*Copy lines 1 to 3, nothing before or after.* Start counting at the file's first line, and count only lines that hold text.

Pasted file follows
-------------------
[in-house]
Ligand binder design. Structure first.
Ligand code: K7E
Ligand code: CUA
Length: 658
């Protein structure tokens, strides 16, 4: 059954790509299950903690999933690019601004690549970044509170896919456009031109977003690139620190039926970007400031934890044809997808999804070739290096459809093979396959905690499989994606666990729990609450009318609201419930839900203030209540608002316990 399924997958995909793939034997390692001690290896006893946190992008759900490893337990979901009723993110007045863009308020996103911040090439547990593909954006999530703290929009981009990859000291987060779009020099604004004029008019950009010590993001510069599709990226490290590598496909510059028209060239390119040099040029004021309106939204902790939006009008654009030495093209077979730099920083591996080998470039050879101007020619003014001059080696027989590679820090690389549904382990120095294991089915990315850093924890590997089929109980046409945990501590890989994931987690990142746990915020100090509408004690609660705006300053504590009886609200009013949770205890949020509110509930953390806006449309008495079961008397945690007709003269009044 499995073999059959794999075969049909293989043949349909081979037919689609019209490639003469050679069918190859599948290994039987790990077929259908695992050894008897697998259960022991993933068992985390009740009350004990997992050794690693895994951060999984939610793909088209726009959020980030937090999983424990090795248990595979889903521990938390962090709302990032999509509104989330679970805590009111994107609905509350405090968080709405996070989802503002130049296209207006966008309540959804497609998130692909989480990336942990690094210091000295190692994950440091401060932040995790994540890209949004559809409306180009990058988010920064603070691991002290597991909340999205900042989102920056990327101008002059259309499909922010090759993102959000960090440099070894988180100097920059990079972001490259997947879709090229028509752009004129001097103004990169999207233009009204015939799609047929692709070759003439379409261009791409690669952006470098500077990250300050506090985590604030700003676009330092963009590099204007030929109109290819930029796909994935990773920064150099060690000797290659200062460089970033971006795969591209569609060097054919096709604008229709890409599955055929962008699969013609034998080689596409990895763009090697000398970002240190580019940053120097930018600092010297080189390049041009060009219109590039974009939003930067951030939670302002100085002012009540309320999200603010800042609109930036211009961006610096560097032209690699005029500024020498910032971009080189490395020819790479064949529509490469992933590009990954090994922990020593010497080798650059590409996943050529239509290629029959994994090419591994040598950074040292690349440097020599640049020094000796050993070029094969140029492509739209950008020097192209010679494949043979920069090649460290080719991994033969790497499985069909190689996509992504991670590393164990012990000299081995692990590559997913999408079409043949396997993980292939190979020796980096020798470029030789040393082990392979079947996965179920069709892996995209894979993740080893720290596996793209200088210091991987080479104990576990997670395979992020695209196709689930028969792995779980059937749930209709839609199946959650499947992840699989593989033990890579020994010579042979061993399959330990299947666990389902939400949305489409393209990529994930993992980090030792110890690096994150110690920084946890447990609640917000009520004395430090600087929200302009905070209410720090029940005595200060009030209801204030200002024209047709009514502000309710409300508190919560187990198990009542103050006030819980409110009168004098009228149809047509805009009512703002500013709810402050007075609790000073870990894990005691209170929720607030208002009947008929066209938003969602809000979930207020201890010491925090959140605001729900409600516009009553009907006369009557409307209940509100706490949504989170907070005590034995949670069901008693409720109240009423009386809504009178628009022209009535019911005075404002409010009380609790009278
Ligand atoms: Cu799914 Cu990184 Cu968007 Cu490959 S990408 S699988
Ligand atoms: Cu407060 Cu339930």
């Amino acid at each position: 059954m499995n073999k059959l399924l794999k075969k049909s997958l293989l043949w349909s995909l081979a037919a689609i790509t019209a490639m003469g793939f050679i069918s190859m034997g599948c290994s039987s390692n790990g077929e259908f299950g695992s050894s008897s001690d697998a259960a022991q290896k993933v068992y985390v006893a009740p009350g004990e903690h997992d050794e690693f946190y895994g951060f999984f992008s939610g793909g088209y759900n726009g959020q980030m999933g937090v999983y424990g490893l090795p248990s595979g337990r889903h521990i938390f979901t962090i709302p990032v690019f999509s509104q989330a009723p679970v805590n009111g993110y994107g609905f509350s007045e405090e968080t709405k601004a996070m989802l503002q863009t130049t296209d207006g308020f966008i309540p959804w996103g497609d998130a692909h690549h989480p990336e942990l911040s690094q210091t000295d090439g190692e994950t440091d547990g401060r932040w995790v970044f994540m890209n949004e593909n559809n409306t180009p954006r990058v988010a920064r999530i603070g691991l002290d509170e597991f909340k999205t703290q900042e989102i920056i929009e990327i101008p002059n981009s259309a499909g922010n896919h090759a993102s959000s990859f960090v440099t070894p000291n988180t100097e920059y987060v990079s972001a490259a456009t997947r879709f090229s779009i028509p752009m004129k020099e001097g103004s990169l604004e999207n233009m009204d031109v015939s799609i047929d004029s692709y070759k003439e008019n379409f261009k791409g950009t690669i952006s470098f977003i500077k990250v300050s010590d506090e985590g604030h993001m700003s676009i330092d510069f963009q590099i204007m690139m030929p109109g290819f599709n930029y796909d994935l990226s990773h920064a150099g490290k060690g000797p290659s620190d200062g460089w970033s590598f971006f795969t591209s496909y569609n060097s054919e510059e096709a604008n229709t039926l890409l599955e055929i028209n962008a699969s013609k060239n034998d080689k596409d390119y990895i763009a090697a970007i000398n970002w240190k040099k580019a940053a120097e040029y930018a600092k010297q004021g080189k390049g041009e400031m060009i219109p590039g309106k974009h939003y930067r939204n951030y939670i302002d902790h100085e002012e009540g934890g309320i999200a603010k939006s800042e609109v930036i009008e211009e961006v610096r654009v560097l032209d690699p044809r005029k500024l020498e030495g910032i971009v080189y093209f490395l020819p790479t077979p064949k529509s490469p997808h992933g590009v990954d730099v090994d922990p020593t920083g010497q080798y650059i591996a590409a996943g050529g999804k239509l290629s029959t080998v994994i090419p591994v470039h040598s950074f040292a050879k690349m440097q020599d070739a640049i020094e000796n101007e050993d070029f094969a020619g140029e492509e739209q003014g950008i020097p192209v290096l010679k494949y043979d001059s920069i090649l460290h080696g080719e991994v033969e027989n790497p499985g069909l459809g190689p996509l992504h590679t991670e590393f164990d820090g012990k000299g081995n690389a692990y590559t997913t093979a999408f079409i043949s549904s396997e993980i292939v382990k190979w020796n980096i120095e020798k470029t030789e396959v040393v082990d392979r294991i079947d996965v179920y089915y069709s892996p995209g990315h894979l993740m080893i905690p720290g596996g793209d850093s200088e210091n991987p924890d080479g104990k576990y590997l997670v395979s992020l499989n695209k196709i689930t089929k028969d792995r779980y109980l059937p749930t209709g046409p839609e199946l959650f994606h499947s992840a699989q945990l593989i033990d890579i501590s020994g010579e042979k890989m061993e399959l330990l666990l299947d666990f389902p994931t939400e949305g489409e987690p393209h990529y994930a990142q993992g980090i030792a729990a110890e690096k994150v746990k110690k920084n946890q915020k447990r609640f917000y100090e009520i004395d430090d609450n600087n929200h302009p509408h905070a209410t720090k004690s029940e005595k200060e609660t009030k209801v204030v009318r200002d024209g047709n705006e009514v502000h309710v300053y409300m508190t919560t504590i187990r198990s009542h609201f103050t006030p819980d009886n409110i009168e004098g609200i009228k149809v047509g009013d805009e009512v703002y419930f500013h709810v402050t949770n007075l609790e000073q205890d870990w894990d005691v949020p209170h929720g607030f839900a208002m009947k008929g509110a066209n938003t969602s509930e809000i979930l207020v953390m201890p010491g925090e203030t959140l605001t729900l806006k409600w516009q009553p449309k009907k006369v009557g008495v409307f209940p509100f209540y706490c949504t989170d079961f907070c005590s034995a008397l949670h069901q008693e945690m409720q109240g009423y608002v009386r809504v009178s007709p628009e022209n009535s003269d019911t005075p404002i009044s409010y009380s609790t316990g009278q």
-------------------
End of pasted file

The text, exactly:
[in-house]
Ligand binder design. Structure first.
Ligand code: K7E